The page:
Woman rides horse through Crystal Falls on 8,000-mile journey

Bernice Ende has traveled more than 20,000 miles across North America on the back of a horse, earning her the title of Lady Long Rider.

The Minnesota native has been wandering the plains from Montana to New Mexico and back again since 2005. She’s gone on adventures as short as 600 miles and as long as 6,000, but this time, she’s taking on a much bigger challenge.

Lady Long Rider is now in the midst of an 8,000-mile trek that’ll keep her on the road for two and a half years, traveling from coast to coast twice through the United states and Canada. But Bernice says it’s not about the destination; it’s about the journey.

“I love the nomadic life, I love the challenges of it. I mean its not easy, there’s no easy, there’s never, its just not about easy. But its so interesting. Its just like life, you’re just chewing on it all the time. Its like slam dam, now we got hail, now we got bugs, okay now where am I going to sleep, now what am I going to eat, what am I going to drink, its like that all the time. Life is right there all the time and I love that,” she said.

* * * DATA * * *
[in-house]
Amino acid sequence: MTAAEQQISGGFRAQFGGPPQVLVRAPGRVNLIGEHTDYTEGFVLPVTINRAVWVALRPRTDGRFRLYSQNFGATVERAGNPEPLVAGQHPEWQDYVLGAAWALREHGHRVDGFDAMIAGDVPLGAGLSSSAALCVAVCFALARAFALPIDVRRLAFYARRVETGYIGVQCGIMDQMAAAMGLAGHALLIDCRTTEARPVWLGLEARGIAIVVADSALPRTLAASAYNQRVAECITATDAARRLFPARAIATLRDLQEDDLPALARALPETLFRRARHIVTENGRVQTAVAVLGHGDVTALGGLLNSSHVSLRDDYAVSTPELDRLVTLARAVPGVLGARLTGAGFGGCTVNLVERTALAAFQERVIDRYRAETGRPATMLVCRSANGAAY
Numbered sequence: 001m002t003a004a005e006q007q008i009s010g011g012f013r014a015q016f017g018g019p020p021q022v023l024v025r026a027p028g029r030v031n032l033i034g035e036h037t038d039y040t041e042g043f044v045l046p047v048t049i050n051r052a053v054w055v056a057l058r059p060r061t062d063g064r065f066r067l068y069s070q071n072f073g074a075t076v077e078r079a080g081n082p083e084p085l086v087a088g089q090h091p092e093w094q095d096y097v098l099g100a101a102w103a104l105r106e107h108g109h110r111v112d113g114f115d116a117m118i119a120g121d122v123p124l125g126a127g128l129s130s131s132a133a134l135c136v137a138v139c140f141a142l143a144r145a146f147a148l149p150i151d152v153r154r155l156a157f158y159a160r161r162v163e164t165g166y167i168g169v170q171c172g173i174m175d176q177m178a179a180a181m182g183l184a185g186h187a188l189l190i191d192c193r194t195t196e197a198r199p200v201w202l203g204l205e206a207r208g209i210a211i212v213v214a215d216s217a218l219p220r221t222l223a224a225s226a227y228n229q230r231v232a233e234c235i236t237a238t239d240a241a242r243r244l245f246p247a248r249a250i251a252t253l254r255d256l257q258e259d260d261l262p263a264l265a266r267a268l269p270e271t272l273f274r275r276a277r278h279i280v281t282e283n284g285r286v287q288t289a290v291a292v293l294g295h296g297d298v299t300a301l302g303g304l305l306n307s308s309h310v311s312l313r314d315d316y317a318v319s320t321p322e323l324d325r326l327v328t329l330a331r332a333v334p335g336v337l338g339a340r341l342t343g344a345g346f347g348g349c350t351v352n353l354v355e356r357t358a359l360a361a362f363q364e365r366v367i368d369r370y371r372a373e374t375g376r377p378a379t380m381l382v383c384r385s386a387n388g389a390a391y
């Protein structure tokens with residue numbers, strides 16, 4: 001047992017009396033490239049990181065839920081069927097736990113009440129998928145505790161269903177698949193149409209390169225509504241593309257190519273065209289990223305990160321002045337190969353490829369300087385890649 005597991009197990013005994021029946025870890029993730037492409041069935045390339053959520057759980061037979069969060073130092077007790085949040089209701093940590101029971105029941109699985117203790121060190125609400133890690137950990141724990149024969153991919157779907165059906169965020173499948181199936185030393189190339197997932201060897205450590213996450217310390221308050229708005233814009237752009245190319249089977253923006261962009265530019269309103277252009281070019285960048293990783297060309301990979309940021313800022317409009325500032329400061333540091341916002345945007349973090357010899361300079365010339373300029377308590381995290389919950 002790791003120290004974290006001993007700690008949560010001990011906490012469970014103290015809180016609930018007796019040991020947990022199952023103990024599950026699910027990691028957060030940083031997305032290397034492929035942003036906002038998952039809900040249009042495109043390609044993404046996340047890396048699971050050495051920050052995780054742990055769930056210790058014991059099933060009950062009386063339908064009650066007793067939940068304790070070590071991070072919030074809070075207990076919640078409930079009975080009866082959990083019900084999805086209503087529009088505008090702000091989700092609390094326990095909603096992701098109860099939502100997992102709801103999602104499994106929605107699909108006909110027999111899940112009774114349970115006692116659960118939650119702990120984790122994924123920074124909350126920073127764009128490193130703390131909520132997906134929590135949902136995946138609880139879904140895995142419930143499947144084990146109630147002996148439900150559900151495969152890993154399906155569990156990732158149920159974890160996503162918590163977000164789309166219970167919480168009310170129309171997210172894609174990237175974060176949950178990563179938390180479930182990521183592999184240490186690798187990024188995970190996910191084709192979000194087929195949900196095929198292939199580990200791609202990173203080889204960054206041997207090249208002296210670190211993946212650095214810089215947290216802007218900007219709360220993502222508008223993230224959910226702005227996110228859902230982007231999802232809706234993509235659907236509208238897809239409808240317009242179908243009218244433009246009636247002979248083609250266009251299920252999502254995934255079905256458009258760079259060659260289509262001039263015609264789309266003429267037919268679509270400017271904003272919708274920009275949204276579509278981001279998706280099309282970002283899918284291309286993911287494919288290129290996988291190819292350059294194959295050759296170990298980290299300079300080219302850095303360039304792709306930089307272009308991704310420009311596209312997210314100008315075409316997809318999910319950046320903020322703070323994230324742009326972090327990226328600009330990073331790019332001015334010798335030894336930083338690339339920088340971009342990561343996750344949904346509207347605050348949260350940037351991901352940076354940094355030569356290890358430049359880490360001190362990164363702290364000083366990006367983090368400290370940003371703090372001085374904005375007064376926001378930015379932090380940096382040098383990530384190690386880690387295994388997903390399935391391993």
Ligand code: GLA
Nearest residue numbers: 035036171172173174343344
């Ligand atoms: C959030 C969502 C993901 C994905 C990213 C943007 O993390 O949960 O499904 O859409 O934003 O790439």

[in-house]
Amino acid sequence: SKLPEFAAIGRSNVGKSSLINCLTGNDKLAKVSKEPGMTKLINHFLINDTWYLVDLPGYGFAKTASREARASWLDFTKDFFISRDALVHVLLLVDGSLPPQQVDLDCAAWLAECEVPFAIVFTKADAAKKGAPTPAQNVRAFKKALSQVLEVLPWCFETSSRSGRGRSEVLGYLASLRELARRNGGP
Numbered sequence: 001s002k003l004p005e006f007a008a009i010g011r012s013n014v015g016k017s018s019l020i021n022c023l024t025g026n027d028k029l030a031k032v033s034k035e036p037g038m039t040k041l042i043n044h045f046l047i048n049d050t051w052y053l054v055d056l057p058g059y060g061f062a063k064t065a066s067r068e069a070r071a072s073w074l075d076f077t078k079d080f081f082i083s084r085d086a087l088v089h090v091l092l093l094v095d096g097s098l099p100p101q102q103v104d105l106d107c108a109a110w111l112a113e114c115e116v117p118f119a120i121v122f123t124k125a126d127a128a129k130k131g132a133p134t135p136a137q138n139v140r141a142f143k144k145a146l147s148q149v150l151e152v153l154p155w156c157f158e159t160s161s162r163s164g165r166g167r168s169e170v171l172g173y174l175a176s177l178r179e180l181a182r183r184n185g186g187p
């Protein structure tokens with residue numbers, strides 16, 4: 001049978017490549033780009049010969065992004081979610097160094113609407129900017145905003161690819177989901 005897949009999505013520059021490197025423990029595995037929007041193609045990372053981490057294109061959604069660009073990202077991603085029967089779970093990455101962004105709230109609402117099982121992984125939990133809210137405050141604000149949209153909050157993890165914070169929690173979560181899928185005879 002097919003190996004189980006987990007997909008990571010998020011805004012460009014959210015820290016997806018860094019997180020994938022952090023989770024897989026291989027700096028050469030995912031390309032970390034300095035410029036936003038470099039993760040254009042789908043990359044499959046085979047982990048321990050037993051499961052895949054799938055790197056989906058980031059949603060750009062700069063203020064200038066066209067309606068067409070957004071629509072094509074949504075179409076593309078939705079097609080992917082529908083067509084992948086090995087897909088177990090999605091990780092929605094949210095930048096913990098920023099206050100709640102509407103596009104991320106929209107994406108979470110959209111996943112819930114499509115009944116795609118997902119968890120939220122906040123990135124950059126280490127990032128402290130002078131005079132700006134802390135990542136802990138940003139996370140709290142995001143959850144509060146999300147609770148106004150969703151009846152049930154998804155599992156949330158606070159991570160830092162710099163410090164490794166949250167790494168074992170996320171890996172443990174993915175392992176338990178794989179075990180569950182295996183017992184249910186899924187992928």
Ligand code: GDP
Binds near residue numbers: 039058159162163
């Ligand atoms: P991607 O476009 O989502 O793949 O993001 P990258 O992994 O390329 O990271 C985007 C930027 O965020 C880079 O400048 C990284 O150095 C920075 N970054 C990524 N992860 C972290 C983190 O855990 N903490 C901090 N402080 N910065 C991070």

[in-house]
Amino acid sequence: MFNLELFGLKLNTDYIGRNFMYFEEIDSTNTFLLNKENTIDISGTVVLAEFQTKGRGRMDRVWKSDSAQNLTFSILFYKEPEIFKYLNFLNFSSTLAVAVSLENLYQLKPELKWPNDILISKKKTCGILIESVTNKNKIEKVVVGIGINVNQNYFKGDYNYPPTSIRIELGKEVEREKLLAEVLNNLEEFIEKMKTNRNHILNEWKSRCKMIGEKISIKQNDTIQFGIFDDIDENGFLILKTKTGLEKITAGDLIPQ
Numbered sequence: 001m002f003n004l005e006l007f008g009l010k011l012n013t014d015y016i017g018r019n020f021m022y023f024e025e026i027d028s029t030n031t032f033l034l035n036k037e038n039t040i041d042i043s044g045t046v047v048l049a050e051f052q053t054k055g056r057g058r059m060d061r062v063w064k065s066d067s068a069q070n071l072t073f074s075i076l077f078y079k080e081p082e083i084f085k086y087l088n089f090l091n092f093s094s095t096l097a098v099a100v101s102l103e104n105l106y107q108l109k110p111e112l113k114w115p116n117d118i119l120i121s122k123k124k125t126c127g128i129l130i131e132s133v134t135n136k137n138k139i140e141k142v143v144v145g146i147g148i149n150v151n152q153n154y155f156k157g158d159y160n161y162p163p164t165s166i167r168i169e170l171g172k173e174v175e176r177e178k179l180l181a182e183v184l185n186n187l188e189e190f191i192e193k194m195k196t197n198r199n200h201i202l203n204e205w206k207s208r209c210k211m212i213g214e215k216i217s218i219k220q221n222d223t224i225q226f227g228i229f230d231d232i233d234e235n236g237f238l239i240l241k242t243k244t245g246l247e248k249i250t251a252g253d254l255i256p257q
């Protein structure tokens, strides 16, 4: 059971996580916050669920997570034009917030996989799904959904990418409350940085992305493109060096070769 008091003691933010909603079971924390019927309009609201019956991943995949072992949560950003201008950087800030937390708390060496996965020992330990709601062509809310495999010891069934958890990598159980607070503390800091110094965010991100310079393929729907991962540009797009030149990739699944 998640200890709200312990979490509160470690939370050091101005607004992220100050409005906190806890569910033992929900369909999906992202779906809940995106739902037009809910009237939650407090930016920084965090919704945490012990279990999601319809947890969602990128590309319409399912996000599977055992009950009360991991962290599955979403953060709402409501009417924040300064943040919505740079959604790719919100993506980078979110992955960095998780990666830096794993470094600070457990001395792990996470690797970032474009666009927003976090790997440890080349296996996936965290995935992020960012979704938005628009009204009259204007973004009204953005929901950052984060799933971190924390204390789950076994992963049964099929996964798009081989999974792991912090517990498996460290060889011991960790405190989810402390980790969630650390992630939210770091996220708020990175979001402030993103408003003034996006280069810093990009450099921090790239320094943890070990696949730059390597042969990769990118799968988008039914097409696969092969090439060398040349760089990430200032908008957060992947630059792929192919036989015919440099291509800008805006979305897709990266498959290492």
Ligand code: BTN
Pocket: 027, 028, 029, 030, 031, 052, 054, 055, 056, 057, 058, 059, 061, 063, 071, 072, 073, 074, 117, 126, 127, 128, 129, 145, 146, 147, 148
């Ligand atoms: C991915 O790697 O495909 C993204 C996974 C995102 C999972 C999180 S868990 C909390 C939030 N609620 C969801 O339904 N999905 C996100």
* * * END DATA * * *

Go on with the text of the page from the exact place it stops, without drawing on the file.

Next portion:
But not living in a house definitely has its down sides. Bernice is almost always at the mercy of Mother Nature and is often far removed from normal and needed services like a veterinarian or grocery store. Still, she’s found ways to deal with what most would consider impassable obstacles.

“I’m not interested in going out there and being a mountain woman, I’m not. I enjoy the sophistication of life. I enjoy meeting people. I want to be comfortable, clean up at night, read, write, stretch, and I’ve found a way to do it by evolving my campsite into something that’s nice, and it’s pretty, and I can cook and I’m warm, and I can weather most all storms,” Bernice added.

As the only person in the world to complete multiple journeys spanning thousands of miles on horseback, the difficulties and discomfort must be worth it.

“You know, once you let go of anything, it’s like magic starts to happen, and it’s like, ‘where’d that come from? How’d that happen?’ And you start to wonder…’huh?’,” she said. “And it just happens like that all the time.”